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Two billion people cast into darkness as total eclipse crosses Asia

Posted by Ramesh Khati on July 23, 2009

Hindu holy men watch the eclipse in Allahabad, India

Hindu holy men watch the eclipse in Allahabad, India

Tens of thousands of people — from renowned astrophysicists to farmers — descended on a muddy Indian village yesterday to watch the best solar eclipse of the 21st century from what was predicted to be one of the finest vantage points on the planet.

There was only one problem: when the key moment came, it was cloudy.

The luxuriously thick monsoon cloud cover that had formed over Taregna in northern India overnight obscured any view of the heavens from the moment “first contact” was made between the Moon’s shadow and the Sun to the point of totality — when the Sun was completely obscured and the sky turned black.

Over Taregna, where every rooftop was populated with throngs of spectators as the Sun appeared to set just an hour after rising, the eclipse lasted three minutes and 38 seconds. The descent into darkness was met with whooping and hollering from a massive crowd, who had spent an hour listening to a state-sponsored lecture seeking to dispel the belief that eclipses portend ill fortune.

But the return of daylight was met with bigger cheers.

The village is said to be where Aryabhatta, the most renowned Indian astronomer of antiquity, observed the heavens. Some believe that he invented the concept of “zero” here. He also made some of the earliest accurate predictions of when eclipses would occur.

Across the country millions had gathered. For the most part predictions of disaster did not come true, although a woman aged 65 was killed in a stampede at Varanasi, a city on the banks of the Ganges, where devout Hindus had gathered to bathe.

Thousands had also gathered at the ancient Altar of the Sun in Beijing, while hundreds of millions poured into streets across China to gaze as the sky darkened from the west of the country and along a track that followed the Yangtze River before slipping out to sea from Shanghai.

Shelagh Lester Smith, a Briton who had made the journey to Shanghai for the once-in-a-lifetime sight of such a long total eclipse, said: “It was very exciting. It felt like the end of the world had come.”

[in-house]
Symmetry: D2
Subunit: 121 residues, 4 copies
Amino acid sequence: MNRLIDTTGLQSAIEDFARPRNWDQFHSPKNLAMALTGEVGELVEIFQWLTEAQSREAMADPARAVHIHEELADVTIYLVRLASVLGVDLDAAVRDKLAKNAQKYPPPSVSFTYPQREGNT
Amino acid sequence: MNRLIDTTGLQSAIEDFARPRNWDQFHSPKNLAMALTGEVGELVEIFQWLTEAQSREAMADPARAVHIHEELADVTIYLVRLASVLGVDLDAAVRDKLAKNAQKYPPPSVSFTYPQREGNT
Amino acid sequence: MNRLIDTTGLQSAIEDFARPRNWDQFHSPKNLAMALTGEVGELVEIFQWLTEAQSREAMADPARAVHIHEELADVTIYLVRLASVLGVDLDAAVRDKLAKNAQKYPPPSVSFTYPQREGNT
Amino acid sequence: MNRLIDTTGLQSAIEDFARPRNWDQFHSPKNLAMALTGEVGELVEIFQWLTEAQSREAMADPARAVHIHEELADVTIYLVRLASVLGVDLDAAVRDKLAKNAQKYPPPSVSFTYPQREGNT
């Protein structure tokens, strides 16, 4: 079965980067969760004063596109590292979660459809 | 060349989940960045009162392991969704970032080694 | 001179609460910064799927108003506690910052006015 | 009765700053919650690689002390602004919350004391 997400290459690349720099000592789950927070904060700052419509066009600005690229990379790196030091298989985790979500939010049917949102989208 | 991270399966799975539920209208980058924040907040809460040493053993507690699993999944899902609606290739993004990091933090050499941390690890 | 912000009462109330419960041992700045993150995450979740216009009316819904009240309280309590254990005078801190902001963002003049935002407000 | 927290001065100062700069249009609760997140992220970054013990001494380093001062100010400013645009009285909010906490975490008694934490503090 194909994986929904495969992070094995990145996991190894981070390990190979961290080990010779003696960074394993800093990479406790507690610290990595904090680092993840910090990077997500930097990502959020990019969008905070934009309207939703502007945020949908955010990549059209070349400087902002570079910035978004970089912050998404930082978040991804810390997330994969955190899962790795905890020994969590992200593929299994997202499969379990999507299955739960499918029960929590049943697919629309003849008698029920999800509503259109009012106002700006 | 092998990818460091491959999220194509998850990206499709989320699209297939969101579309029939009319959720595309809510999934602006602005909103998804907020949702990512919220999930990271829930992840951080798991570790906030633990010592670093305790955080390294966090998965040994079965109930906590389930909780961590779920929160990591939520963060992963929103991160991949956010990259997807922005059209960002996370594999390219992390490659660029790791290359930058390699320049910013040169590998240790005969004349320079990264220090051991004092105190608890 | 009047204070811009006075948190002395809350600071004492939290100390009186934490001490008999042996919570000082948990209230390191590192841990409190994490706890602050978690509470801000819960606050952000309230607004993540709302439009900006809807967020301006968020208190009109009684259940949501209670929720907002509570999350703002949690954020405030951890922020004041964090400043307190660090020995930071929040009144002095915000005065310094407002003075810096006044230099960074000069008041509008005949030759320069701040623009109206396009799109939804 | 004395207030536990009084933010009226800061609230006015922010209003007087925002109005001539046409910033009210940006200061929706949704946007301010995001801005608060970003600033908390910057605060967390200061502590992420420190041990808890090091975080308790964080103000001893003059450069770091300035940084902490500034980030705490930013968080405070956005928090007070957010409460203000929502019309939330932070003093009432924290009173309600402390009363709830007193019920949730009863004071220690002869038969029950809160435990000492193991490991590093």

Anxious to avoid panic among farmers perplexed by the disappearance of the Sun or accidents as streets darkened, China’s State Council issued a directive to local government to take additional measures. They turned on streetlights and even provided special lighting at Shanghai Zoo in case animals took fright. The eclipse was visible in its totality over an area of China 250km (155 miles) wide and 10,000km (6,000 miles) long.

Standing on the large marble platform that is the 16th-century altar in Beijing where the emperor would make ritual sacrifices to the Sun, hundreds watched the penumbra. One man said: “I’m happy I stayed despite the clouds because I saw it and it was very impressive. This is a rare chance in someone’s life.”

In the Thai capital, Bangkok, dozens of monks led a mass prayer at a Buddhist temple to ward off what they said would be ill-effects.

The eclipse began in the Arabian Sea. The band of complete darkness first hit the western Indian state of Gujarat shortly before 6.30am local time. The shadow then raced at 15 times the speed of sound across the subcontinent before reaching Nepal and blacking out much of Bhutan. After clipping Bangladesh and crossing Burma, it moved on to China before hitting the ocean once more off Shanghai.

The trajectory is likely to have made it the most widely experienced eclipse in history, according to Nasa, with an estimated two billion people cast into total or partial darkness.

It was, however, the duration of the blackout that made this eclipse extraordinary. Over the Pacific Ocean the Sun disappeared for six minutes and 39 seconds, a duration that will not be matched until the year 2132.

Source: The Times

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